Paul Ryan’s most remarkable talent is an ability to communicate his intentions in such a way as to make political reporters certain of his genuineness. The normal rules of political reporting — analyzing a politician’s every word and deed as a political tactic — are suspended when Ryan is involved. I noticed this when, in the course of researching my Ryan profile, I found that reporters constantly described him as lacking political ambition, despite his precocious ascent. The same pattern can be seen in coverage of Ryan’s newfound interest in poverty, which is the the subject of McKay Coppins’s long reported piece today.
Ryan’s rebranding effort — sorry, his heartfelt interest — is inevitably described as “quiet.” Ryan “has spent the past year quietly touring impoverished communities across the country,” reports Coppins. A similar reported piece in National Review last June detailed “Ryan’s quiet pitch to the poor.” As did a Washington Post story last month(“Ryan … has been quietly visiting inner-city neighborhoods”). Coppin’s story quotes a skeptic, but adopts an almost perfect credulous tone.
It might seem odd that Ryan’s determination to keep his love of the poor quiet would nevertheless leak out in the media, over and over again. “Ryan has deliberately left the cameras behind during his excursions to poor neighborhoods this year in places like Indiana and New Jersey,” reports Coppins, “but the stories of his interactions with the poor somehow find a way of leaking into public view.” Somehow. The stories find a way. Because stories, far from being inanimate human creations, as you might think, actually have minds of their own and a willpower so fierce they can defy even the most secrecy-minded spinmeister.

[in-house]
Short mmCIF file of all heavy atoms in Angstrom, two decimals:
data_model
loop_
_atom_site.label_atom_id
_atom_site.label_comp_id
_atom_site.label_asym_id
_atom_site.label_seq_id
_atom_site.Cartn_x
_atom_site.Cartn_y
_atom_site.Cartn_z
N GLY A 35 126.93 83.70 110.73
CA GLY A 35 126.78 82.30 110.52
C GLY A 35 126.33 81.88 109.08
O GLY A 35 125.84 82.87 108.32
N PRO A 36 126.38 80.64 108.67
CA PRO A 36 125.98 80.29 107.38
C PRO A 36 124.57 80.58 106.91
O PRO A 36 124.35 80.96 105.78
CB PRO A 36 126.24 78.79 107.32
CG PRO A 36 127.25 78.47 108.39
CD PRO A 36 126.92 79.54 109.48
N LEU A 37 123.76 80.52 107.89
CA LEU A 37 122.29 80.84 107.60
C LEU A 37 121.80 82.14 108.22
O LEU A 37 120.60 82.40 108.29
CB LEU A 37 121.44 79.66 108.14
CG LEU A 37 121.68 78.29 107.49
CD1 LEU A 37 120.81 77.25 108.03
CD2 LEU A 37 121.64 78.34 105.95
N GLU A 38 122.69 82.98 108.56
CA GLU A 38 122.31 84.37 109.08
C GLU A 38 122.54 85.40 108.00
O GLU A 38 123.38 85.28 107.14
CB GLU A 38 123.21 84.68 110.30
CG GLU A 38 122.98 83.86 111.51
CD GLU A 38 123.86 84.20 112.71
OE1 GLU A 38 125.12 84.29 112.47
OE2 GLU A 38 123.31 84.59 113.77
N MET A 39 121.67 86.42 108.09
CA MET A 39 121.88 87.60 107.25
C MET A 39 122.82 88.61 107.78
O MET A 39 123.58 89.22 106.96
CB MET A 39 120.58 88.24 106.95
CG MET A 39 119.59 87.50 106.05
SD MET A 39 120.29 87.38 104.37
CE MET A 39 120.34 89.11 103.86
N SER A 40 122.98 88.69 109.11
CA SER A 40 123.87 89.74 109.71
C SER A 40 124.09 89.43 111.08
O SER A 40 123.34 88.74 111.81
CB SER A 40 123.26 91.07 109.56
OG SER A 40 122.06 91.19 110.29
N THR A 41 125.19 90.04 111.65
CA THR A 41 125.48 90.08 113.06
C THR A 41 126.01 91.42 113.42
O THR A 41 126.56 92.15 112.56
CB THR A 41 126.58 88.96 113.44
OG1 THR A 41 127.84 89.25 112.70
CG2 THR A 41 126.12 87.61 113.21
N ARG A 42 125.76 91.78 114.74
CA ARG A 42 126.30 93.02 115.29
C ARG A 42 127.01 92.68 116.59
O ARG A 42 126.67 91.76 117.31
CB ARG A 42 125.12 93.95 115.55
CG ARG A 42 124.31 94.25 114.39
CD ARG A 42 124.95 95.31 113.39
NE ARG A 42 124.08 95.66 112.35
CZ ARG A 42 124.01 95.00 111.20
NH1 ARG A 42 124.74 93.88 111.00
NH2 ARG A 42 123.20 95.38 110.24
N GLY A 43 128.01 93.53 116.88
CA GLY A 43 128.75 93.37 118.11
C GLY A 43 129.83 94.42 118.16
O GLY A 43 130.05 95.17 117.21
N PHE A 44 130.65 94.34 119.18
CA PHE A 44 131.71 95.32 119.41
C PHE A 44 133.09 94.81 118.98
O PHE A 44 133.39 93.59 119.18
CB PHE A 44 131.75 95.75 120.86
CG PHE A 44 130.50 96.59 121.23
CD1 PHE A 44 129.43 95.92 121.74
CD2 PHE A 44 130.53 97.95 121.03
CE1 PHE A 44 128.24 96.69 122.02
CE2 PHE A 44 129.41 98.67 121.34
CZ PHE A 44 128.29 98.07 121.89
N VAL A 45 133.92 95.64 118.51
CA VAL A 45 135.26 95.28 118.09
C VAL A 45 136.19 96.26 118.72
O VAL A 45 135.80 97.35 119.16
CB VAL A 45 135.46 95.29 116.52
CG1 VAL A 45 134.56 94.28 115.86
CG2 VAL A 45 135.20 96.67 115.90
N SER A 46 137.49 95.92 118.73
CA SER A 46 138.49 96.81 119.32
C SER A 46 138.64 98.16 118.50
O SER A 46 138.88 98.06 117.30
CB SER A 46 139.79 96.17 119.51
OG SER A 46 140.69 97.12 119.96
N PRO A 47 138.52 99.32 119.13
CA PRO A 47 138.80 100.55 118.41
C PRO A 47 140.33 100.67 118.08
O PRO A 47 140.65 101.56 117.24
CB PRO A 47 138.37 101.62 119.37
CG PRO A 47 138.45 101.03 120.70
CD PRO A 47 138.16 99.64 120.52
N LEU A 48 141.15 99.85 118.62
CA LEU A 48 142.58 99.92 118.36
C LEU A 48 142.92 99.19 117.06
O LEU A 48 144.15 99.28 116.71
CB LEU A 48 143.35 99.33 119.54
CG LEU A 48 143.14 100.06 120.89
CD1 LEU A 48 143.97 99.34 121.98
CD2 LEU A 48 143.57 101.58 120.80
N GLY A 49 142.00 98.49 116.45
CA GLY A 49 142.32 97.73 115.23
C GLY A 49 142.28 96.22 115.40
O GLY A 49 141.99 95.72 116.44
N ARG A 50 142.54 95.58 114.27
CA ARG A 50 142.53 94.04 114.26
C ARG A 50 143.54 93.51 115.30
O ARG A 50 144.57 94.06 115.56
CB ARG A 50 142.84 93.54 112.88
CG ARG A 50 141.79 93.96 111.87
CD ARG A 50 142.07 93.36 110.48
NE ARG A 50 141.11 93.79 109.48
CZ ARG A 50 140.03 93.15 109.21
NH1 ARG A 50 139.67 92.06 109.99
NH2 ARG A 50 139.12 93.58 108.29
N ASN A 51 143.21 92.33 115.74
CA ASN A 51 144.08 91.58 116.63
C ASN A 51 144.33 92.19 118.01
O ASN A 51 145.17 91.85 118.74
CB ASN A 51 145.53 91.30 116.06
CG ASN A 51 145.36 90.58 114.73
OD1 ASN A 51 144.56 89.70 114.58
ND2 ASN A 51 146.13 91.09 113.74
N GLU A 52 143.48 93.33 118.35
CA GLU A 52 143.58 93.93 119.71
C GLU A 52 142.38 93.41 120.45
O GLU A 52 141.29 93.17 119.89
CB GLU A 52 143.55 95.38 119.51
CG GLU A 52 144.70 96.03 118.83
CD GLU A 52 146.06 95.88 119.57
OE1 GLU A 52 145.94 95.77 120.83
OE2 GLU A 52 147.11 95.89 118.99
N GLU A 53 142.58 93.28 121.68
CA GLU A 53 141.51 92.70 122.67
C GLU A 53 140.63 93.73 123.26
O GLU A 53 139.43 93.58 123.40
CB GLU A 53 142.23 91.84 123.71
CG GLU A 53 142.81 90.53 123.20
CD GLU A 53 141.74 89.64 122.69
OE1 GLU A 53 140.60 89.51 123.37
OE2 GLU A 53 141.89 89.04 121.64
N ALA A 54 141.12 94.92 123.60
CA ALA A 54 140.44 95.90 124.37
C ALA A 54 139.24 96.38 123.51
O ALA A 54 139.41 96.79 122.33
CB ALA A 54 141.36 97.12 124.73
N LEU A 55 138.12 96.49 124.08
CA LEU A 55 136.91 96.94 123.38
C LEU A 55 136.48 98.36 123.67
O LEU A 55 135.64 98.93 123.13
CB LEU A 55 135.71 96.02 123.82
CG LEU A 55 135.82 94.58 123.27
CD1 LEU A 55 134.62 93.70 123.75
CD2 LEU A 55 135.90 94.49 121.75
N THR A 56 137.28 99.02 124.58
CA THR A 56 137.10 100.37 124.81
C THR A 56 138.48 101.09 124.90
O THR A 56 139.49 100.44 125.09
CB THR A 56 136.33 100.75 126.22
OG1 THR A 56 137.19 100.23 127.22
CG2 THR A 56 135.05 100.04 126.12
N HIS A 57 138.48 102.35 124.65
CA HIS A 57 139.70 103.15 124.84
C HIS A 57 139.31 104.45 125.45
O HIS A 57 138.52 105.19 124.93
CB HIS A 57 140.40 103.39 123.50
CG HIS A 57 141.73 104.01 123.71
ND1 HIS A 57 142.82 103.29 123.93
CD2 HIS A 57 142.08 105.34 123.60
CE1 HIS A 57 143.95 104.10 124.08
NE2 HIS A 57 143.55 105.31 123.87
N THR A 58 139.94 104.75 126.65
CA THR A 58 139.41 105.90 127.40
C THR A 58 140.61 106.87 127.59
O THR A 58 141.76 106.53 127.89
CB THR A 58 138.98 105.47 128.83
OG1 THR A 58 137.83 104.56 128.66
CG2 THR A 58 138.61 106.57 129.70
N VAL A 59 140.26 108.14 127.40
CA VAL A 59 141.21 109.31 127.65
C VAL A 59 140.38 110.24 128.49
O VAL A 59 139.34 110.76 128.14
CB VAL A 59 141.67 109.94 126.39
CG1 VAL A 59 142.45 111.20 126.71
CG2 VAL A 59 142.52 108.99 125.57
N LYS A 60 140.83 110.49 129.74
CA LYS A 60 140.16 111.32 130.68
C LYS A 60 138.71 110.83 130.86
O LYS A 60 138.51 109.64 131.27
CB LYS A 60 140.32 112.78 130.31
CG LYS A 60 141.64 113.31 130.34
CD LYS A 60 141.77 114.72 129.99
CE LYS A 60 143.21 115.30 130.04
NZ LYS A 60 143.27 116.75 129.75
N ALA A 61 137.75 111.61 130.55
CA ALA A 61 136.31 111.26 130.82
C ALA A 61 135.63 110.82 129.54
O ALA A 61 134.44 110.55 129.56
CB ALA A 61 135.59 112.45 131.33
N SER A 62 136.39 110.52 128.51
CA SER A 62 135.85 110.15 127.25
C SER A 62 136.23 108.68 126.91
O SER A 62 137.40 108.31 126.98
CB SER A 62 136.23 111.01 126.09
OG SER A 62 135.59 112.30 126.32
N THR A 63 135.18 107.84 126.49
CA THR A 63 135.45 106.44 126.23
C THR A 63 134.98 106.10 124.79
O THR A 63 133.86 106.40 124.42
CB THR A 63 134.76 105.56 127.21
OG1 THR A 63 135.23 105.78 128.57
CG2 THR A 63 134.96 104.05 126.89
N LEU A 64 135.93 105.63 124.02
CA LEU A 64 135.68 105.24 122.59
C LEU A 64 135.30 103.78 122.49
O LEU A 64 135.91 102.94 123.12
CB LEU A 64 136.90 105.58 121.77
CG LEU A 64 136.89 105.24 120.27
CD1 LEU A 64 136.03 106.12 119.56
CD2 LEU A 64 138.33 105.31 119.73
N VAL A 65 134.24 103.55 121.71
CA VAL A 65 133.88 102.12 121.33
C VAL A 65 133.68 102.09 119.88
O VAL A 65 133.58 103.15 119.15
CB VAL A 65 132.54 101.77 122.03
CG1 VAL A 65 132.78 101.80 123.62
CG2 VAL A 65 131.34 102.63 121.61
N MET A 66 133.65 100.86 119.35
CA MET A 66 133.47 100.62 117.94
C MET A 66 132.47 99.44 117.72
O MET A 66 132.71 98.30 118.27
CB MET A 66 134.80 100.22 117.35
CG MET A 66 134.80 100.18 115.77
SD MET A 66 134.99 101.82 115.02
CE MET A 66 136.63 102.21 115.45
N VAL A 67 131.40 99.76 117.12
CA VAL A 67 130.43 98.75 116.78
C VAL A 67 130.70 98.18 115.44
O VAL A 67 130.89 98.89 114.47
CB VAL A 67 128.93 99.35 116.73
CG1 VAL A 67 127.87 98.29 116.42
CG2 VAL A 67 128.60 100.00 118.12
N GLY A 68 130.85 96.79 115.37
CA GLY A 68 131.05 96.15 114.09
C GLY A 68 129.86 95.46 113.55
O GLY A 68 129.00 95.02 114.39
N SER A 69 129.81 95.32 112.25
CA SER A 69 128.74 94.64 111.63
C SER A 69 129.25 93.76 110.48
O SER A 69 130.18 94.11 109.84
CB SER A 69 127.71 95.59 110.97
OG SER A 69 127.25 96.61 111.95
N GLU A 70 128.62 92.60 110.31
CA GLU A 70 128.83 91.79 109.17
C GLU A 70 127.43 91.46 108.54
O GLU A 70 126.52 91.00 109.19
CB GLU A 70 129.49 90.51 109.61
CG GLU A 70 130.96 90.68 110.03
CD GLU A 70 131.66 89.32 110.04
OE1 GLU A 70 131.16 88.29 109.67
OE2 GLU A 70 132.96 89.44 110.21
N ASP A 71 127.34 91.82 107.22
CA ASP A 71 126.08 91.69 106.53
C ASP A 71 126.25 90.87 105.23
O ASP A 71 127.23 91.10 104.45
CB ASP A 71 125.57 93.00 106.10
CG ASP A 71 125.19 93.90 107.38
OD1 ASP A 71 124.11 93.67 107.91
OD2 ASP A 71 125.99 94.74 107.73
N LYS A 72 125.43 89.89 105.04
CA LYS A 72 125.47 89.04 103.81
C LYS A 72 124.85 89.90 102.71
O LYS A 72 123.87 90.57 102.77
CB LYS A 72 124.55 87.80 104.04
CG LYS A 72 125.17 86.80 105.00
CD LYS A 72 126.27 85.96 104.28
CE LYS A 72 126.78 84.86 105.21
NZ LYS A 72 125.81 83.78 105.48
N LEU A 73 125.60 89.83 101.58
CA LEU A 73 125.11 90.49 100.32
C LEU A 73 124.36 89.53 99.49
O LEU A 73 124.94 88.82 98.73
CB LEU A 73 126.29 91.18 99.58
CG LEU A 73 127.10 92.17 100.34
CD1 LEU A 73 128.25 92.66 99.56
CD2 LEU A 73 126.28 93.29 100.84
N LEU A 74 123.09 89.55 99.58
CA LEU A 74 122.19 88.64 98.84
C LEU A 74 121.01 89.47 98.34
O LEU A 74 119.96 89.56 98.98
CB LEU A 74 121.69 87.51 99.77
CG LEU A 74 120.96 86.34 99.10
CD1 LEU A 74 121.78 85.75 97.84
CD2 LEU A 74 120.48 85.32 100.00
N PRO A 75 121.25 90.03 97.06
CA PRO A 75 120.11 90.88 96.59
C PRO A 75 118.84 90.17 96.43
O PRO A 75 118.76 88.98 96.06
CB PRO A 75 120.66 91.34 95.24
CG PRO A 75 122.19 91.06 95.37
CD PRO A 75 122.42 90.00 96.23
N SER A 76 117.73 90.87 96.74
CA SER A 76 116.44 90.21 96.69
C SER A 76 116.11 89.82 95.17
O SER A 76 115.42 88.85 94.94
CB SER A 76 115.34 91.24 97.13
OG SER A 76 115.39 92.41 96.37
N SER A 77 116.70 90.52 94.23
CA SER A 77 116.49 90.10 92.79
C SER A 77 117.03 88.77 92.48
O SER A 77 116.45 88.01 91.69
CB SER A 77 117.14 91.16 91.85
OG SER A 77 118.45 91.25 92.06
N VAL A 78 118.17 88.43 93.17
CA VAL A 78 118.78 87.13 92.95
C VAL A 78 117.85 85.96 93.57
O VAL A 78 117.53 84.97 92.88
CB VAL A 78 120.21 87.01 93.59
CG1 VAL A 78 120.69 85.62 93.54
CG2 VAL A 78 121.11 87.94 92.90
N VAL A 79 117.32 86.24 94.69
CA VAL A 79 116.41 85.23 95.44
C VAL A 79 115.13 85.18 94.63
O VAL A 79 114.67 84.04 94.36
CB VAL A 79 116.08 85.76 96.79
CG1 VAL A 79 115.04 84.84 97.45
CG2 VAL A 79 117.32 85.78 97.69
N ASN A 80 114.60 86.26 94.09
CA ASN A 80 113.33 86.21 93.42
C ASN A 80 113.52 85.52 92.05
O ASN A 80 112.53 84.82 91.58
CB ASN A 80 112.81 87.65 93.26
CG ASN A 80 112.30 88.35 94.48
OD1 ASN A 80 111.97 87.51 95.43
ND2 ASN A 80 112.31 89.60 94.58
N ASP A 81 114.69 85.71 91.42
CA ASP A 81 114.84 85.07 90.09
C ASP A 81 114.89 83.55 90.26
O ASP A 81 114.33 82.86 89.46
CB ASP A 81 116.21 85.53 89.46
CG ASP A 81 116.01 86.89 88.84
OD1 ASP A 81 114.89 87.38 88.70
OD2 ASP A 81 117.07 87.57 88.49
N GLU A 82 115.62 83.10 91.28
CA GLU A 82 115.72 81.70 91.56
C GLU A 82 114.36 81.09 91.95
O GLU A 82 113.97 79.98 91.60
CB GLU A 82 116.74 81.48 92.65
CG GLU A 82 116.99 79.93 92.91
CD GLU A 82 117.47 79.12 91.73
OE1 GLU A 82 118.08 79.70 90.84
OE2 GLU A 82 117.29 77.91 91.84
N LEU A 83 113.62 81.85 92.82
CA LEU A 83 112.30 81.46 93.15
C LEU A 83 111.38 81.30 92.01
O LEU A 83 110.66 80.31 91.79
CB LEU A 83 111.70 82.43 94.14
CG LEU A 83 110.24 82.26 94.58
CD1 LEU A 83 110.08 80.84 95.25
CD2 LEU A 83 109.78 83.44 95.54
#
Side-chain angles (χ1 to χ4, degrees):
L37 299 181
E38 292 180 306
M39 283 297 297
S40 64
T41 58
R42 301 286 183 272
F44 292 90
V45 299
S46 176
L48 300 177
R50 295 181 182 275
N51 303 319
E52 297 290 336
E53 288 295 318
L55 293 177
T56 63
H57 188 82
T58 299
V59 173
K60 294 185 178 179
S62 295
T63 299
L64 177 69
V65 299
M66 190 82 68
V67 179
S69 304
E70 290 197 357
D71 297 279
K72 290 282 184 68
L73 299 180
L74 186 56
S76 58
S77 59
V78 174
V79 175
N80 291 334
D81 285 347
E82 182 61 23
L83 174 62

Now, it’s impossible to disprove the suggestion that Ryan has grown obsessed with helping the poor. But what exactly does this mean? His entire career has been devoted to policies that would, as first-order effects, increase the incomes of the rich and decrease the incomes of the poor. Ryan has always argued that the first-order effects are less important than the deeper incentives he would unleash — cutting taxes for the rich and reducing subsidies for the poor will make both of them work harder. His signature vision-statement budget plans would impose massively disproportionate cuts on programs for the poor.
None of these articles about Ryan’s new poverty obsession say that he has changed any of these views. Indeed, Ryan continues to act politically like he always has. Despite massive unemployment, he wants to cut off unemployment insurance and reduce food stamps. He blocked a big budget deal, even one with major cuts to Social Security and Medicare, because he refuses to close any tax deductions for the affluent. At a speech last month, he said that poor people need religious salvation — a very old, very reactionary way of approaching the problem that also happens to be a useful rationalization for denying the poor any public financial support.
Probably Ryan thinks that mix of policies is great for the poor because it gives them the kick in the ass they need to stop being pathetic moochers and do something with their lives, and gives rich people the incentive they need to start new businesses to hire more of them. Presumably he will supplement his traditional right-wing policy mix with some new approach toward poverty. But is he conceding that his old/current policies hurt the poor? Or does he merely worry they gave the impression of hurting the poor?